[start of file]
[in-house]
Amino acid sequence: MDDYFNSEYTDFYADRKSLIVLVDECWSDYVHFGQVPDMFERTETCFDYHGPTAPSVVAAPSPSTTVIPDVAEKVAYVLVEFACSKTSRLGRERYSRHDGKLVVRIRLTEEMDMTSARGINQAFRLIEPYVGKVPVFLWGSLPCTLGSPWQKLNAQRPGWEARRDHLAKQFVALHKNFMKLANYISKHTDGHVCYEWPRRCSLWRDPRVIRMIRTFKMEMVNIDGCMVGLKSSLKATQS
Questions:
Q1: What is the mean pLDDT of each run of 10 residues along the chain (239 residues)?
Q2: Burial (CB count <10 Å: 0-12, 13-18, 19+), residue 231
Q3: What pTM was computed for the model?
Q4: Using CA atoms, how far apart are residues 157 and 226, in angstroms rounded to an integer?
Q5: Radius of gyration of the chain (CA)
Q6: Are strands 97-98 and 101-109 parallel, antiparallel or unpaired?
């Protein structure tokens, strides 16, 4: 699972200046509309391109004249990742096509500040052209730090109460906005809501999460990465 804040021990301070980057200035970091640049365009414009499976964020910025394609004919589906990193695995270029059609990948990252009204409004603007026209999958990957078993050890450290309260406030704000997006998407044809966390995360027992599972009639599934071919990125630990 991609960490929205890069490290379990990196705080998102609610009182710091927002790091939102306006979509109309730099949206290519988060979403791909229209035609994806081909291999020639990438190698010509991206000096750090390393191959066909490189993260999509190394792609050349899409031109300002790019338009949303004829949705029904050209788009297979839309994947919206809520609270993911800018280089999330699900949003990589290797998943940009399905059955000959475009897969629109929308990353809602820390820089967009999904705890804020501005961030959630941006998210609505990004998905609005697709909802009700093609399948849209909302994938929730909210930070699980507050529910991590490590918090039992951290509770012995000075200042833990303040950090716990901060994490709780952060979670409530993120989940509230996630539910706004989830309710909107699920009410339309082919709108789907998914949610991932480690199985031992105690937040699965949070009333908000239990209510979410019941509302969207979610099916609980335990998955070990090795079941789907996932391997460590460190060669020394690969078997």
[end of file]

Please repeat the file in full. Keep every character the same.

[in-house]
Amino acid sequence: MDDYFNSEYTDFYADRKSLIVLVDECWSDYVHFGQVPDMFERTETCFDYHGPTAPSVVAAPSPSTTVIPDVAEKVAYVLVEFACSKTSRLGRERYSRHDGKLVVRIRLTEEMDMTSARGINQAFRLIEPYVGKVPVFLWGSLPCTLGSPWQKLNAQRPGWEARRDHLAKQFVALHKNFMKLANYISKHTDGHVCYEWPRRCSLWRDPRVIRMIRTFKMEMVNIDGCMVGLKSSLKATQS
Questions:
Q1: What is the mean pLDDT of each run of 10 residues along the chain (239 residues)?
Q2: Burial (CB count <10 Å: 0-12, 13-18, 19+), residue 231
Q3: What pTM was computed for the model?
Q4: Using CA atoms, how far apart are residues 157 and 226, in angstroms rounded to an integer?
Q5: Radius of gyration of the chain (CA)
Q6: Are strands 97-98 and 101-109 parallel, antiparallel or unpaired?
């Protein structure tokens, strides 16, 4: 699972200046509309391109004249990742096509500040052209730090109460906005809501999460990465 804040021990301070980057200035970091640049365009414009499976964020910025394609004919589906990193695995270029059609990948990252009204409004603007026209999958990957078993050890450290309260406030704000997006998407044809966390995360027992599972009639599934071919990125630990 991609960490929205890069490290379990990196705080998102609610009182710091927002790091939102306006979509109309730099949206290519988060979403791909229209035609994806081909291999020639990438190698010509991206000096750090390393191959066909490189993260999509190394792609050349899409031109300002790019338009949303004829949705029904050209788009297979839309994947919206809520609270993911800018280089999330699900949003990589290797998943940009399905059955000959475009897969629109929308990353809602820390820089967009999904705890804020501005961030959630941006998210609505990004998905609005697709909802009700093609399948849209909302994938929730909210930070699980507050529910991590490590918090039992951290509770012995000075200042833990303040950090716990901060994490709780952060979670409530993120989940509230996630539910706004989830309710909107699920009410339309082919709108789907998914949610991932480690199985031992105690937040699965949070009333908000239990209510979410019941509302969207979610099916609980335990998955070990090795079941789907996932391997460590460190060669020394690969078997």